For students who are interested in the courts, clerkships give the opportunity to watch trials and appellate actions from the judge's side of the bench and to become familiar with a variety of practice areas. This vantage point is otherwise uncommon for legal counsel, unless they are fortunate enough to become elected or appointed to the bench.

Even students or recent graduates who don’t intend to pursue litigation as a career path find the experience valuable because it provides the opportunity to do intensive research and writing under the supervision of an experienced jurist. The research, writing and critical-thinking skills developed during a clerkship are much sought after by all types of employers.

This depends on your objectives. If you have a clear goal (e.g., to work at a legal policy think tank or to teach law and finance) and that goal will be substantially furthered by obtaining a dual degree, then you should consider it. Dual degrees may also be beneficial if you have a strong, sustainable intellectual interest in two disciplines.

Be certain, however, that you can readily afford the cost of a dual degree in terms of time and money. A dual degree doesn’t always translate into improved marketability; nor will it necessarily help you command a higher salary at graduation.

Perhaps the least effective reason to pursue a dual degree is to "keep my options open." Students should do the hard work of career exploration and self-assessment early before spending an additional year (and thousands of dollars) to defer an inevitable decision.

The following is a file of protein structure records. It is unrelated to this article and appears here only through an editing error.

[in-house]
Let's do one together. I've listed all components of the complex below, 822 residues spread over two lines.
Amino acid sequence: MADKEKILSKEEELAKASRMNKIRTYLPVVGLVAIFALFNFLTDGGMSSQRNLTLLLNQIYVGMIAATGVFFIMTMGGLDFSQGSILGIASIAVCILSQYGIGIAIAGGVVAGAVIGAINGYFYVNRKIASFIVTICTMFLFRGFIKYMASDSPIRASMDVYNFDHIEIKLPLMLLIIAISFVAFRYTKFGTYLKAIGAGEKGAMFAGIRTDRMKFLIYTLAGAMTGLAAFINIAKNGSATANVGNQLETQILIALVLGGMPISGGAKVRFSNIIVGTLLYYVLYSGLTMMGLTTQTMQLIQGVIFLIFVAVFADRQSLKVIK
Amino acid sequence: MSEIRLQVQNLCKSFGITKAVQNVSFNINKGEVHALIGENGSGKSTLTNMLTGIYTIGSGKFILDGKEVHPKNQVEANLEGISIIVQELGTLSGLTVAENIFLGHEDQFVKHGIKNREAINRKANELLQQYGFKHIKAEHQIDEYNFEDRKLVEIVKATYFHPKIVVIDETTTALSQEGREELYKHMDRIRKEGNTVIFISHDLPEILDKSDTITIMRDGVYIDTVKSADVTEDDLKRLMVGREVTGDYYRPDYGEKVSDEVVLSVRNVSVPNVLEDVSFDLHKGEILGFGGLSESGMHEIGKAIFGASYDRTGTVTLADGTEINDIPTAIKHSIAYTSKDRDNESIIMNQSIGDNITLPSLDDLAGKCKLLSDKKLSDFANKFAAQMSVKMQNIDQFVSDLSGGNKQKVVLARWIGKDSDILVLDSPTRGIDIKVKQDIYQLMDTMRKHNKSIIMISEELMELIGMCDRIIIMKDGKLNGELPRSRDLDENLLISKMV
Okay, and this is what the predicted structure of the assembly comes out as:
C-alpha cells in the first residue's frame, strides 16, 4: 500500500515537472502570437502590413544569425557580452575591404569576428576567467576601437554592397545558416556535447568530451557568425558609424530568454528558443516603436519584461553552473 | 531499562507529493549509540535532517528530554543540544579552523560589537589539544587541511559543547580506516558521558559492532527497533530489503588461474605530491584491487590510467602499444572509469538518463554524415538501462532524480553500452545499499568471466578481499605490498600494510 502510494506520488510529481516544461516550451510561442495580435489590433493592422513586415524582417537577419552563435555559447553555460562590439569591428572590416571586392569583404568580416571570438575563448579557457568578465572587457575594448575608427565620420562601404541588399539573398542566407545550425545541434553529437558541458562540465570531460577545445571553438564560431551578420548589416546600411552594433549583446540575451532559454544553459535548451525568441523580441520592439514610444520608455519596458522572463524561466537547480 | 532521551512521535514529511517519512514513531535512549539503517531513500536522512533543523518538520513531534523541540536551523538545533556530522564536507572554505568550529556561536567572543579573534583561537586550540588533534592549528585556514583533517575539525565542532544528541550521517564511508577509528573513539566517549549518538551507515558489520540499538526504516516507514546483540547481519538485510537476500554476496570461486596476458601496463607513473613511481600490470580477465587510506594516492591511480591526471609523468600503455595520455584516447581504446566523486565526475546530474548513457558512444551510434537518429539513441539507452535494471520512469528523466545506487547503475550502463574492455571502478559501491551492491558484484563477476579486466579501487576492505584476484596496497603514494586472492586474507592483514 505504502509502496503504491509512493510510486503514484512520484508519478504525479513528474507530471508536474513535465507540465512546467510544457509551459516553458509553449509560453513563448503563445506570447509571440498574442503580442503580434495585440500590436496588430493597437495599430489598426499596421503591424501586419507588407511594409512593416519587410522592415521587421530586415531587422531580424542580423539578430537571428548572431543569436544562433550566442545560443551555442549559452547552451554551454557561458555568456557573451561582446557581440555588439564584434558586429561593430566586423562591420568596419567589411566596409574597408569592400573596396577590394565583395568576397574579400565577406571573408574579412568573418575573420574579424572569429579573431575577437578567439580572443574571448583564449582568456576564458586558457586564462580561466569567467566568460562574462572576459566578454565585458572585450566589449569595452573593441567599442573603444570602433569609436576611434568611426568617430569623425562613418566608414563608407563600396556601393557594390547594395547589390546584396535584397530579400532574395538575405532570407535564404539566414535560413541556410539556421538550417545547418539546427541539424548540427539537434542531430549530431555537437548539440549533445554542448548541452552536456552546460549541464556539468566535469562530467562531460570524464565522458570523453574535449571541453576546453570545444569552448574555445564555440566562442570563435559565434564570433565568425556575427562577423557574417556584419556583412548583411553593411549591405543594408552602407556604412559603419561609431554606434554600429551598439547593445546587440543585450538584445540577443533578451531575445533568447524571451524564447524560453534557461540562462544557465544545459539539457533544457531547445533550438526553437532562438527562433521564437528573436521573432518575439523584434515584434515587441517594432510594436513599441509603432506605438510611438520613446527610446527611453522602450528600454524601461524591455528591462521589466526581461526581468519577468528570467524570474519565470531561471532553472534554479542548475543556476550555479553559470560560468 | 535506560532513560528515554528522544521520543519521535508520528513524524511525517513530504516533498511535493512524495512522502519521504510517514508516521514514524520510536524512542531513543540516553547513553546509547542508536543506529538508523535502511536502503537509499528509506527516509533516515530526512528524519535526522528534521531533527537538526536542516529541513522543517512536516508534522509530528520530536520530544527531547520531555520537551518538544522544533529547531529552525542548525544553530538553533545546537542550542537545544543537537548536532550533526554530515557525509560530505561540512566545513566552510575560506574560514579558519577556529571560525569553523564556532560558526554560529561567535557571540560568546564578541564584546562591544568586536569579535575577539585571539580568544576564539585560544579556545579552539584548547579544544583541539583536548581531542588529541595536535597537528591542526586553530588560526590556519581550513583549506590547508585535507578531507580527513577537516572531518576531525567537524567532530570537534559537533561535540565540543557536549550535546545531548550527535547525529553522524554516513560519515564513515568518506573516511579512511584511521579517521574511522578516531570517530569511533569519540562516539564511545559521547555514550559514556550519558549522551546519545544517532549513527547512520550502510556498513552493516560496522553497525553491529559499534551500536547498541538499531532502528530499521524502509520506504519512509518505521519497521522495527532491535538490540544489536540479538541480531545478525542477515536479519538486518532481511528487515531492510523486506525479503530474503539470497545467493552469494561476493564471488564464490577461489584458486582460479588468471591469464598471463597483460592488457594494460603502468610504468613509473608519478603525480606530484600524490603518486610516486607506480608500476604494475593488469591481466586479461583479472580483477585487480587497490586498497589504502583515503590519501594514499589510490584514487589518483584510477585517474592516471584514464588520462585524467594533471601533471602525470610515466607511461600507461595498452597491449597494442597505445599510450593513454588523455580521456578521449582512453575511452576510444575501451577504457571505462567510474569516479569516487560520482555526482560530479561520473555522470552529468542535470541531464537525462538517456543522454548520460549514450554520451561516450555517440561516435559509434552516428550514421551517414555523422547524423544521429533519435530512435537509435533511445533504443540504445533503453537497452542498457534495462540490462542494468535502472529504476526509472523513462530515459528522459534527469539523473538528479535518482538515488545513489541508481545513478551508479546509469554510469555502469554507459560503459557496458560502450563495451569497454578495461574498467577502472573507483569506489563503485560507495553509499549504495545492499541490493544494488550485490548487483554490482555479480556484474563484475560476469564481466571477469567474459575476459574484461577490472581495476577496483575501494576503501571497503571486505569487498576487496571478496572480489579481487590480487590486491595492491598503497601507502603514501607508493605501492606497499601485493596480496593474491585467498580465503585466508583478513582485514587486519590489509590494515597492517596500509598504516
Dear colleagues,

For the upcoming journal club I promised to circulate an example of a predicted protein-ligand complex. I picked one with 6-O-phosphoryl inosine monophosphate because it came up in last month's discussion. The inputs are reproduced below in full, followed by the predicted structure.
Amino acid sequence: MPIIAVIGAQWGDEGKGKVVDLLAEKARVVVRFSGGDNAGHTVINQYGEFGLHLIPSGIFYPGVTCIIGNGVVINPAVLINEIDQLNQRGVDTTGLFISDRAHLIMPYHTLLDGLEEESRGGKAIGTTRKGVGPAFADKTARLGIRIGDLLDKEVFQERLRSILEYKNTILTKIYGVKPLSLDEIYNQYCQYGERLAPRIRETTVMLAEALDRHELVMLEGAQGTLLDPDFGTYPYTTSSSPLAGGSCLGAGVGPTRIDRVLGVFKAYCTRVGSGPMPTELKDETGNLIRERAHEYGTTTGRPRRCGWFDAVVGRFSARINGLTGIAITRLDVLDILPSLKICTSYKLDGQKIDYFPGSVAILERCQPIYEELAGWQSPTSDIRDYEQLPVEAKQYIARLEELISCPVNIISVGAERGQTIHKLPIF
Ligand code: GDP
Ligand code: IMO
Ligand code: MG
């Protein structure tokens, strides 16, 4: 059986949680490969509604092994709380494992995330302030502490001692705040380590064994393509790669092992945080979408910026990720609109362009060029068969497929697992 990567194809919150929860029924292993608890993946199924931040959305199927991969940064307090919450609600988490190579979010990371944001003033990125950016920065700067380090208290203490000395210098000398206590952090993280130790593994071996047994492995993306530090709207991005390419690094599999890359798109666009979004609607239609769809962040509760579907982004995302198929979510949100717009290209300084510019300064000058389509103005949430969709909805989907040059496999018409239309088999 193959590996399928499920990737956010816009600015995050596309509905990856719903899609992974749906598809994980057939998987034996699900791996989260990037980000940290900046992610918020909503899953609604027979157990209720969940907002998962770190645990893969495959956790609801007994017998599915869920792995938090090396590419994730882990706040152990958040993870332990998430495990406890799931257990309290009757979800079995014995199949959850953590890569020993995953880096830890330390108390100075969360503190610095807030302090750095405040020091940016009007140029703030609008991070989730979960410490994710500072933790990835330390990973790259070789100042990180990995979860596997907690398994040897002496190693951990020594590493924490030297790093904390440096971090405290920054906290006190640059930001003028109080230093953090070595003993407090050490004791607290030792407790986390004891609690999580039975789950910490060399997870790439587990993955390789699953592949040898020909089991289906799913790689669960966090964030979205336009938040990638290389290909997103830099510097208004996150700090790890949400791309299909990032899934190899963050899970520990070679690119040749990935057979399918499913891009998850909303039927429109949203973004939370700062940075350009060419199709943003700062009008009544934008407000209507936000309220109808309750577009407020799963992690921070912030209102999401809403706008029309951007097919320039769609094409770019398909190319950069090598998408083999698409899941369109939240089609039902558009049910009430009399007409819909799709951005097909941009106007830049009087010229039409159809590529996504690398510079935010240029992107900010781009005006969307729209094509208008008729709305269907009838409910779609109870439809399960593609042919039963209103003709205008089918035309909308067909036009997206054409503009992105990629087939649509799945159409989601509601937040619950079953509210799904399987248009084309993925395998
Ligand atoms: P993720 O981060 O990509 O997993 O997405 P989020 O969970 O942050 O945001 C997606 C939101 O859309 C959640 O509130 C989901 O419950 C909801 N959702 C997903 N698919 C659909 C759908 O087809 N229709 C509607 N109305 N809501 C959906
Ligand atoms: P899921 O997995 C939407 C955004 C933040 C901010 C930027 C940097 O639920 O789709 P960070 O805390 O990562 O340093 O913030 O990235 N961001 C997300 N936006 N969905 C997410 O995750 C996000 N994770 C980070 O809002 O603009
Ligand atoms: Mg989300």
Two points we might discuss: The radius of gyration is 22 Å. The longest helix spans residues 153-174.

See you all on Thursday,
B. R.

More than half of Georgia State Law graduates typically obtain post-graduate employment prior to graduation. The remainder of the class tends to delay further job search until after the summer bar exam.

For the eight months after the bar exam (August through March), Center for Professional Development & Career Strategies professionals are available to work intensively with those members of the most recent graduating class still seeking employment. By the end of that seven-month period, the great majority of these job seekers also find employment.

Part-Time and Evening Students

Employers largely report that they are favorably impressed with the maturity, credentials and experience of evening students. In fact, many employers specifically seek students who have more extensive, varied experience.
Although getting legal experience during law school can be difficult, it’s not impossible. Evening students need to be organized and creative when seeking legal positions.

Some evening students have saved up vacation time for short internships, taken special leave from their employers, or found internship positions with scheduling flexibility. For example, many legal research jobs don’t require students to work on site every day.

We encourage evening students who work full time to schedule an in-person or phone counseling appointment with one of our career advisors or full-time professionals. Our office is open until 6 p.m. on Mondays, Tuesdays and Thursdays during the fall and spring semesters for evening students.

In some cases, evening students may earn more in their present positions than they would as entry-level attorneys. However, their long-term earnings potential as attorneys may offset the initial opportunity cost of starting over as a lawyer.

Some evening students explore possible opportunities for legal work or other advancement with their current employers. Others choose nontraditional careers that combine the use of the J.D. with some pre-existing expertise. Keep in mind that the largest salaries for entry-level associates are paid by large law firms, which prefer to hire out of their summer programs.

Age is an issue that cannot be legally considered in the hiring process. Nevertheless, it may enter into the subjective decisions employers make about candidates, even if subconsciously.

The center can assist by talking with students about how to handle the issue of age in an interview or other situations and by educating employers about the value that older students bring to the workplace.